- THE EVENT|
- WHY Ci2015|
- NEWS & VIEWS|
Monday, 27 June 2011
Capitalism under siege – an interesting article for considering connection of business and community
Tuesday, 24 May 2011
CI2011’s Poet in Residence, Philip Salom, treated us with this wonderful poem ‘Loving Connectedness’ at the Media Launch.
In physics they say: a particle can arrive
before it has left. Be in two different places
at once. Creative thinking arrives… before
you can think. It’s faster than love. But is it?
One after another, he texts his ardent
SMSs, to his lover, at home, in St Kilda.
Then, left arm extended like a tenor,
mobile in his right, at his ear, he shot-puts
whole parabolas of rapture from Paris.
She listens, sitting on a nightclub toilet,
in Perth. Just as she answers his ardour
the person beside her, suddenly flushes.
Oh my God, it’s my dishwasher, she says.
He frowns, in a bar, in fact, in Prague.
Ah, no time to think, still we can manage:
to be inventive, not embarrassed.
Thursday, 21 April 2011
Dr Peter Shergold AC was a CEO in the Australian Public Service for two decades. For five years from February 2003, Dr Shergold was Australia ’s most senior public administrator, serving as Secretary of the Department of the Prime Minister and Cabinet. Dr Shergold is now the Macquarie Group Foundation Professor at the Centre for Social Impact.
His presentation at CI2010 – “Empowering communities to transform democracy” – is an unquestionably informed and frighteningly real insight into the future of participatory democracy if something does not change.
The good news, however, is that there are extraordinary opportunities for renewal and invigoration if we are willing to be creative & innovative. Dr Shergold addresses five ‘Big Ideas’ that can change the face of democracy:
If we pull these ideas together, we can produce a new democratic fabric. There is an exciting opportunity for new-style governments based on interactive engagement, and dependant on ongoing involvement & engagement of citizens. IT IS POSSIBLE.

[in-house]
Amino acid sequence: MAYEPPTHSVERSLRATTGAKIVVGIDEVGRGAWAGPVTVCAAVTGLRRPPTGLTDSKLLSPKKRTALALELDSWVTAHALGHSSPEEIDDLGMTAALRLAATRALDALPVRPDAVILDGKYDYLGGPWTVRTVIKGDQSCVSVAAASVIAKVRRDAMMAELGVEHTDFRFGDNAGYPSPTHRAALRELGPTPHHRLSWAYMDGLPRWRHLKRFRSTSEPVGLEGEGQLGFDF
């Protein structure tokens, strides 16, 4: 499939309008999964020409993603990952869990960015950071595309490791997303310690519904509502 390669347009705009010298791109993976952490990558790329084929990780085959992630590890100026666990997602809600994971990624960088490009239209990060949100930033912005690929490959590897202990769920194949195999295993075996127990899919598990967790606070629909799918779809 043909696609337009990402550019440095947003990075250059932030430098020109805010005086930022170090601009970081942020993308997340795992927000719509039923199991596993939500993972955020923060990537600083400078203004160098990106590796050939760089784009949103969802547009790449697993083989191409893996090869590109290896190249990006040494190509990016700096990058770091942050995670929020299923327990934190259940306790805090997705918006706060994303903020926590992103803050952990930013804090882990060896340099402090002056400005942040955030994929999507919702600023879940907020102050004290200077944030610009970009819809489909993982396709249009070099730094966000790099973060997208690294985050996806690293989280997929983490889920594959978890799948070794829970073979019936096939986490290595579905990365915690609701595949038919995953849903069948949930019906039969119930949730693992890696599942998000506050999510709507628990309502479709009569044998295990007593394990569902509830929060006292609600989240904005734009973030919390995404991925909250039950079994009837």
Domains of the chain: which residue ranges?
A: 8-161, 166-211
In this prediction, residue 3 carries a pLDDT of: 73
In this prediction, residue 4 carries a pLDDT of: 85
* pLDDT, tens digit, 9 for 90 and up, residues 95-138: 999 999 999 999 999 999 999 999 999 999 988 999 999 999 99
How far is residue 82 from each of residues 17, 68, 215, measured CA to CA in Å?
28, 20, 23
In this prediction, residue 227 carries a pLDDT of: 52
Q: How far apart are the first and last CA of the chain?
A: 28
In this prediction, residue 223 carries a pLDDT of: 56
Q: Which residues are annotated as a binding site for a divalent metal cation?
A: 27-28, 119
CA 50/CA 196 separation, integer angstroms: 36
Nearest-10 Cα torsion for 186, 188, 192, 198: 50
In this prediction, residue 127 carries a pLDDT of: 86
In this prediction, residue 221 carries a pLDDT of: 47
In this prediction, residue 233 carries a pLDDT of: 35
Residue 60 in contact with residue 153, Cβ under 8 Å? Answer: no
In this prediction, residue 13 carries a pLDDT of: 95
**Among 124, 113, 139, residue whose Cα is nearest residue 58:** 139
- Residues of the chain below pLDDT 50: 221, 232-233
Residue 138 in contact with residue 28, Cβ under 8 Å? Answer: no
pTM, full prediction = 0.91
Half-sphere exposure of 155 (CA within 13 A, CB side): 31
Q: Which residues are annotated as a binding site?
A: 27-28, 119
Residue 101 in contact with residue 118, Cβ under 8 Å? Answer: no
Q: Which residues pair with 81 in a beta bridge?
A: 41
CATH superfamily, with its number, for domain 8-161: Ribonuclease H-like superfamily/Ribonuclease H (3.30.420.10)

Watch this short 13min presentation by Dr Shergold as he investigates these ideas in further depth.
Thursday, 14 April 2011
In this presentation addressing the idea of the ‘big society’, Austin Williams questions why the word ‘community’ is now on the national agenda, what communities are and aren’t, and what politicians are trying to capture, bottle and sell back to us.
200 years or so ago we had enlightenment politics, which framed the way we viewed the world for over 100 years. We spoke of battles for reason, science and autonomy.
Then, we had the idealogical battles between left & right wing societies.
As recently as the last 30 years or so politics went on to address human rights – fighting rasicm, poverty, equality freedom, and so on.
Now, we are in a situation where the previous administration was talking about litter.
In this though-provoking presentation, Williams explores further the contradictory term “constructing communities”, what the key elements to a genuine community are, and why putting local issues on the national agenda can be detrimental to the true intention of community spirit.
Thursday, 31 March 2011
Claire Pennicard is a pig farmer. You might think that she ended up in this career because it was a family business, or because of location, or any number of other reasons.
But the truth is, Claire is a pig farmer because she chose to be a pig farmer.
A series of careful calculations and meticulous research led her to this career, and to wide acclaim and recognition for her outstanding innovation and entrepreneurship.
This fascinating presentation follows Claire’s journey from her first beautiful sprawling cattle farm in the 1980s to the two 250m long pig farms she owns today. Two 250m long pig farms that produce $9million worth of pork per year.
By thinking outside the square Claire has reached the best kind of success – one that is financially sustainable, environmentally friendly and animal-welfare responsible.
Watch this video to hear how Claire ethically and innovatively achieved her goals.
Tuesday, 22 February 2011
Mike Smith is well known in Australia as CEO of ANZ Bank. Before arriving in Australia, Mike was running the most profitable division of HSBC bank in Hong Kong – you could not ask for anyone more equipped to speak about big business!
This presentation takes a look at big companies: why they fail, how they can succeed, and the importance of innovation to ensure the longevity of any sized company.
The journey from a good company to a great company can be a long process, but the journey from a good company to a mediocre one can happen very quickly. From the Top 50 companies in Australia in 1980, only 8 survive today.
Why does this happen? As Mike outlines in this presentation, the world changes – and it changes extremely quickly. It can be very difficult to bring innovation into the thinking of large companies… But in order to succeed, we must not consider how to play the game better, but how to change the game itself.
In a time of rapidly evolving economies, we all need to innovate – there has never been a time we needed to do this more to survive & thrive in a world of constant change.
This presentation is a fascinating inside-view on how our top leaders can and must create capabilities to respond to tomorrow’s environment.